Traditional transactional memory systems suffer from overly conservative conflict detection, yielding so-called false conflicts, because they are based on fine-grained, low-level read/write conflicts. In response, the recent trend has been toward integrating various abstract data-type libraries using ad-hoc methods of high-level conflict detection. These proposals have led to improved performance but a lack of a unified theory has led to confusion in the literature.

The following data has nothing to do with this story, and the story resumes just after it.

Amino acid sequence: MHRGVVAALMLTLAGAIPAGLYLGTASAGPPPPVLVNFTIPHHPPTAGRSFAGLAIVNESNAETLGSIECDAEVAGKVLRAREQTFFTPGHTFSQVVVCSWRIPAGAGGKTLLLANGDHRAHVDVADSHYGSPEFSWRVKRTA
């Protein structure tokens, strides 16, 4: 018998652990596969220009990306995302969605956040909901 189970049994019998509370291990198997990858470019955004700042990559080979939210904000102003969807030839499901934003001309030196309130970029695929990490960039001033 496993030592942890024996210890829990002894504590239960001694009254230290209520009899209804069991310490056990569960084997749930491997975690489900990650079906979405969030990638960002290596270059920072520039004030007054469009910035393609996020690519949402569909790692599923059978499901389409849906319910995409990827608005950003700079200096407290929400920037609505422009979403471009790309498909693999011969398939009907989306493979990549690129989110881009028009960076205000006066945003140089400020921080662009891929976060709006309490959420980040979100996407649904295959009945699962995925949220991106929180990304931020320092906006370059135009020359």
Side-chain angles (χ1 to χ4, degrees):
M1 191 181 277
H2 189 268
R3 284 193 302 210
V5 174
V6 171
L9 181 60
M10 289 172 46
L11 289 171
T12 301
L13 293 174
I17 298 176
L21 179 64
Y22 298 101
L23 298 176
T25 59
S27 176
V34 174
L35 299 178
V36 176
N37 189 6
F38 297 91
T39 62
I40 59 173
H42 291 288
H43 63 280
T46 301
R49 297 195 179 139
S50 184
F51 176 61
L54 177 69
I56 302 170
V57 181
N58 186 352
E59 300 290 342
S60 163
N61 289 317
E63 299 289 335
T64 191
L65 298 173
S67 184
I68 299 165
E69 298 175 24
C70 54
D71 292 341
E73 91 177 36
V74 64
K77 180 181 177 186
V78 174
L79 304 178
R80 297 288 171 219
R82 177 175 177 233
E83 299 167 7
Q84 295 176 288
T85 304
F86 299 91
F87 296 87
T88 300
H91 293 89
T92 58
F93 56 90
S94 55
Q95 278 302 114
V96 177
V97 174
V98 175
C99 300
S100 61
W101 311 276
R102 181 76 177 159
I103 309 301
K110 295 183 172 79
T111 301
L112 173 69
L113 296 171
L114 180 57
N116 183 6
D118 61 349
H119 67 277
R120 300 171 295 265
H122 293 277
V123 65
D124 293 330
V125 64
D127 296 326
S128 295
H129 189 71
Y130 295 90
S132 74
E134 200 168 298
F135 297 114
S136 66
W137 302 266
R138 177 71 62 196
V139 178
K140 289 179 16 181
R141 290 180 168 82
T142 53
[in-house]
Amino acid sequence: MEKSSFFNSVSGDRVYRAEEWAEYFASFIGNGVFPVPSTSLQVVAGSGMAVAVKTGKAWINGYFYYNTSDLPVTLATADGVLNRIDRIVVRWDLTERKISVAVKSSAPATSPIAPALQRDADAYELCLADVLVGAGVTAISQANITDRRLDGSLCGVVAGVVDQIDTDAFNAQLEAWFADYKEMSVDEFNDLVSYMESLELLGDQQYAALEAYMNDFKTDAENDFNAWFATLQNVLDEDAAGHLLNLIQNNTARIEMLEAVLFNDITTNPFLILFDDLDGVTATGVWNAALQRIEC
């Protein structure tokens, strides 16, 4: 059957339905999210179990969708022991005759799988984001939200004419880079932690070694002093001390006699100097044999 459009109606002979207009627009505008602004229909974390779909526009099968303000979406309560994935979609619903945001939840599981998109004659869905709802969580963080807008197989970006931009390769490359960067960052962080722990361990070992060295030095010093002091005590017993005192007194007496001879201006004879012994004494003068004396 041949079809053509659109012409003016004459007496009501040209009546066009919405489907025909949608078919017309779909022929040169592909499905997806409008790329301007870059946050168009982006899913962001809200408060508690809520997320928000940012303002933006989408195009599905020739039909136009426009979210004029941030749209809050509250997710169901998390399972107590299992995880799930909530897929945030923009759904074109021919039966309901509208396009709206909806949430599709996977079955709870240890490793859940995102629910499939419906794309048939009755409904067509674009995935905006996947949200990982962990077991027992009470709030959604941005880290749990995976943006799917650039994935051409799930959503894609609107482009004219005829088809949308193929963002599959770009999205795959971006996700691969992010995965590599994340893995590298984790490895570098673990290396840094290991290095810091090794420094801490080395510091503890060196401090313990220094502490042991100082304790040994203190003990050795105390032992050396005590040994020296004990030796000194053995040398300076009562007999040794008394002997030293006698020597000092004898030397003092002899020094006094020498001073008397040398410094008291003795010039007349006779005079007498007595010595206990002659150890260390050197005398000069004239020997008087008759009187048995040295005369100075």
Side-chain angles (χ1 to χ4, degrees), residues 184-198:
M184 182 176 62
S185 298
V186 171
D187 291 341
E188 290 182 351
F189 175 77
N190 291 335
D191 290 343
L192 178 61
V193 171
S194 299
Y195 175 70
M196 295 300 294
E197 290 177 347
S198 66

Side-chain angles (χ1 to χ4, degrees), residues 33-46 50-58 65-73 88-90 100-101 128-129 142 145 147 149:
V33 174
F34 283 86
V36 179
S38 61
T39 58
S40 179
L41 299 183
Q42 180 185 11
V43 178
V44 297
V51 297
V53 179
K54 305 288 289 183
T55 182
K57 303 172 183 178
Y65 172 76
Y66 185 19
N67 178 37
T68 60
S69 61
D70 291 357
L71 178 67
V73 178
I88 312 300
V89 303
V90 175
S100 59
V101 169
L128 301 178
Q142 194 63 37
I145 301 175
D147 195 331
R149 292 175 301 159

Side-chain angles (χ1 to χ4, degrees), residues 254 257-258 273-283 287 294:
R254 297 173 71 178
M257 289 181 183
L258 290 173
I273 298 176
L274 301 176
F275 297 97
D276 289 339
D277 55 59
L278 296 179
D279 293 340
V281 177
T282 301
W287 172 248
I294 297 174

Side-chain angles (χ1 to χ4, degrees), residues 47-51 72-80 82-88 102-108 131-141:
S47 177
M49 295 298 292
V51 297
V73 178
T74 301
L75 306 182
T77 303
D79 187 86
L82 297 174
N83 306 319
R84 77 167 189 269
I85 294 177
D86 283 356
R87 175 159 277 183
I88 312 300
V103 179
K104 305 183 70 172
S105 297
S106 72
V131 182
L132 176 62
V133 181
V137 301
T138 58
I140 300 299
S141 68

We clarify these recent proposals by defining a generalization of transactional memory in which a transaction consists of coarse-grained (abstract data-type) operations rather than simple memory read/write operations. We provide semantics for both pessimistic (e.g. transactional boosting) and optimistic (e.g. traditional TMs and recent alternatives) execution. We show that both are included in the standard atomic semantics, yet find that the choice imposes different requirements on the coarse-grained operations: pessimistic requires operations be left-movers, optimistic requires right-movers. Finally, we discuss how the semantics applies to numerous TM implementation details discussed widely in the literature.